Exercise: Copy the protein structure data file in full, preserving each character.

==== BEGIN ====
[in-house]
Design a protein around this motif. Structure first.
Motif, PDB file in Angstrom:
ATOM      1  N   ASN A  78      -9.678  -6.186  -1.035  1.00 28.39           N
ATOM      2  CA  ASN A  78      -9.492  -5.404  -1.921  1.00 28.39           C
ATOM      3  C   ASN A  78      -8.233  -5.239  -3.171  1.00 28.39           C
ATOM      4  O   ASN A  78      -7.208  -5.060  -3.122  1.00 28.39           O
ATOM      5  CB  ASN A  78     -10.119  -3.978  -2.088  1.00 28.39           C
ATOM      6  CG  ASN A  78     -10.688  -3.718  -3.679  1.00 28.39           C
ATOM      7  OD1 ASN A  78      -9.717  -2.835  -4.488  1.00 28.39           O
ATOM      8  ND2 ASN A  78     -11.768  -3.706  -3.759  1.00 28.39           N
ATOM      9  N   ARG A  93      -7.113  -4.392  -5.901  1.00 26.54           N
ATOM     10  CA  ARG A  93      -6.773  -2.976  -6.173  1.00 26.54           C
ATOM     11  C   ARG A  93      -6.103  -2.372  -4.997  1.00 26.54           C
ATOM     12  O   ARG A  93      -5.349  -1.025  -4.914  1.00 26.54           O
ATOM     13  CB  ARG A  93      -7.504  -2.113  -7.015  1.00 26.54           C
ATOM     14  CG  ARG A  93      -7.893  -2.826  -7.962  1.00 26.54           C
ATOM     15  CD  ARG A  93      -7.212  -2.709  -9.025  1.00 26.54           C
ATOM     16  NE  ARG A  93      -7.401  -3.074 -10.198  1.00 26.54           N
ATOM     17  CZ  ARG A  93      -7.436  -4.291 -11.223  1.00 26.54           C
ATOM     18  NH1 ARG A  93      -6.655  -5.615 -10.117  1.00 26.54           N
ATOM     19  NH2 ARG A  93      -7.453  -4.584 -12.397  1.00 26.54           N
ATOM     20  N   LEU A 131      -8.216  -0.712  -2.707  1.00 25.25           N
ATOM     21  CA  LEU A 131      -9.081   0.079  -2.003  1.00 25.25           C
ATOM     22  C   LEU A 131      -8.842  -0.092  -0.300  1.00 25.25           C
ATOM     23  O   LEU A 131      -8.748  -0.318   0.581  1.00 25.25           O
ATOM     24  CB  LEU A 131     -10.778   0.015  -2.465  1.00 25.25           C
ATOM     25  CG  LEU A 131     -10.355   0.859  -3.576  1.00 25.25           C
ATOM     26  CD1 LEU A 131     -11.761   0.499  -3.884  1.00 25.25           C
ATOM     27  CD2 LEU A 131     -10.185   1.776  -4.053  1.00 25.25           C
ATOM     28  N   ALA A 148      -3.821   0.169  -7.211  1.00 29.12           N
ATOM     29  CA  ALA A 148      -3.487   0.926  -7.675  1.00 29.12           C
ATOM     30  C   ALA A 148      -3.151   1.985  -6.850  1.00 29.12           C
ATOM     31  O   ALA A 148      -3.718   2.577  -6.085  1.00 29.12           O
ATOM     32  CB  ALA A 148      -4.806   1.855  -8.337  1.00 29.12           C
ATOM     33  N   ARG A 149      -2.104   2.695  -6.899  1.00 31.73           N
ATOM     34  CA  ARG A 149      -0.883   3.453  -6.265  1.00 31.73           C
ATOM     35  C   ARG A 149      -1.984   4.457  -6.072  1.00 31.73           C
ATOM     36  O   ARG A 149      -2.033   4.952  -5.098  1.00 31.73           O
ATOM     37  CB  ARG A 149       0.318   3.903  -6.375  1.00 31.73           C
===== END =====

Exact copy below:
[in-house]
Design a protein around this motif. Structure first.
Motif, PDB file in Angstrom:
ATOM      1  N   ASN A  78      -9.678  -6.186  -1.035  1.00 28.39           N
ATOM      2  CA  ASN A  78      -9.492  -5.404  -1.921  1.00 28.39           C
ATOM      3  C   ASN A  78      -8.233  -5.239  -3.171  1.00 28.39           C
ATOM      4  O   ASN A  78      -7.208  -5.060  -3.122  1.00 28.39           O
ATOM      5  CB  ASN A  78     -10.119  -3.978  -2.088  1.00 28.39           C
ATOM      6  CG  ASN A  78     -10.688  -3.718  -3.679  1.00 28.39           C
ATOM      7  OD1 ASN A  78      -9.717  -2.835  -4.488  1.00 28.39           O
ATOM      8  ND2 ASN A  78     -11.768  -3.706  -3.759  1.00 28.39           N
ATOM      9  N   ARG A  93      -7.113  -4.392  -5.901  1.00 26.54           N
ATOM     10  CA  ARG A  93      -6.773  -2.976  -6.173  1.00 26.54           C
ATOM     11  C   ARG A  93      -6.103  -2.372  -4.997  1.00 26.54           C
ATOM     12  O   ARG A  93      -5.349  -1.025  -4.914  1.00 26.54           O
ATOM     13  CB  ARG A  93      -7.504  -2.113  -7.015  1.00 26.54           C
ATOM     14  CG  ARG A  93      -7.893  -2.826  -7.962  1.00 26.54           C
ATOM     15  CD  ARG A  93      -7.212  -2.709  -9.025  1.00 26.54           C
ATOM     16  NE  ARG A  93      -7.401  -3.074 -10.198  1.00 26.54           N
ATOM     17  CZ  ARG A  93      -7.436  -4.291 -11.223  1.00 26.54           C
ATOM     18  NH1 ARG A  93      -6.655  -5.615 -10.117  1.00 26.54           N
ATOM     19  NH2 ARG A  93      -7.453  -4.584 -12.397  1.00 26.54           N
ATOM     20  N   LEU A 131      -8.216  -0.712  -2.707  1.00 25.25           N
ATOM     21  CA  LEU A 131      -9.081   0.079  -2.003  1.00 25.25           C
ATOM     22  C   LEU A 131      -8.842  -0.092  -0.300  1.00 25.25           C
ATOM     23  O   LEU A 131      -8.748  -0.318   0.581  1.00 25.25           O
ATOM     24  CB  LEU A 131     -10.778   0.015  -2.465  1.00 25.25           C
ATOM     25  CG  LEU A 131     -10.355   0.859  -3.576  1.00 25.25           C
ATOM     26  CD1 LEU A 131     -11.761   0.499  -3.884  1.00 25.25           C
ATOM     27  CD2 LEU A 131     -10.185   1.776  -4.053  1.00 25.25           C
ATOM     28  N   ALA A 148      -3.821   0.169  -7.211  1.00 29.12           N
ATOM     29  CA  ALA A 148      -3.487   0.926  -7.675  1.00 29.12           C
ATOM     30  C   ALA A 148      -3.151   1.985  -6.850  1.00 29.12           C
ATOM     31  O   ALA A 148      -3.718   2.577  -6.085  1.00 29.12           O
ATOM     32  CB  ALA A 148      -4.806   1.855  -8.337  1.00 29.12           C
ATOM     33  N   ARG A 149      -2.104   2.695  -6.899  1.00 31.73           N
ATOM     34  CA  ARG A 149      -0.883   3.453  -6.265  1.00 31.73           C
ATOM     35  C   ARG A 149      -1.984   4.457  -6.072  1.00 31.73           C
ATOM     36  O   ARG A 149      -2.033   4.952  -5.098  1.00 31.73           O
ATOM     37  CB  ARG A 149       0.318   3.903  -6.375  1.00 31.73           C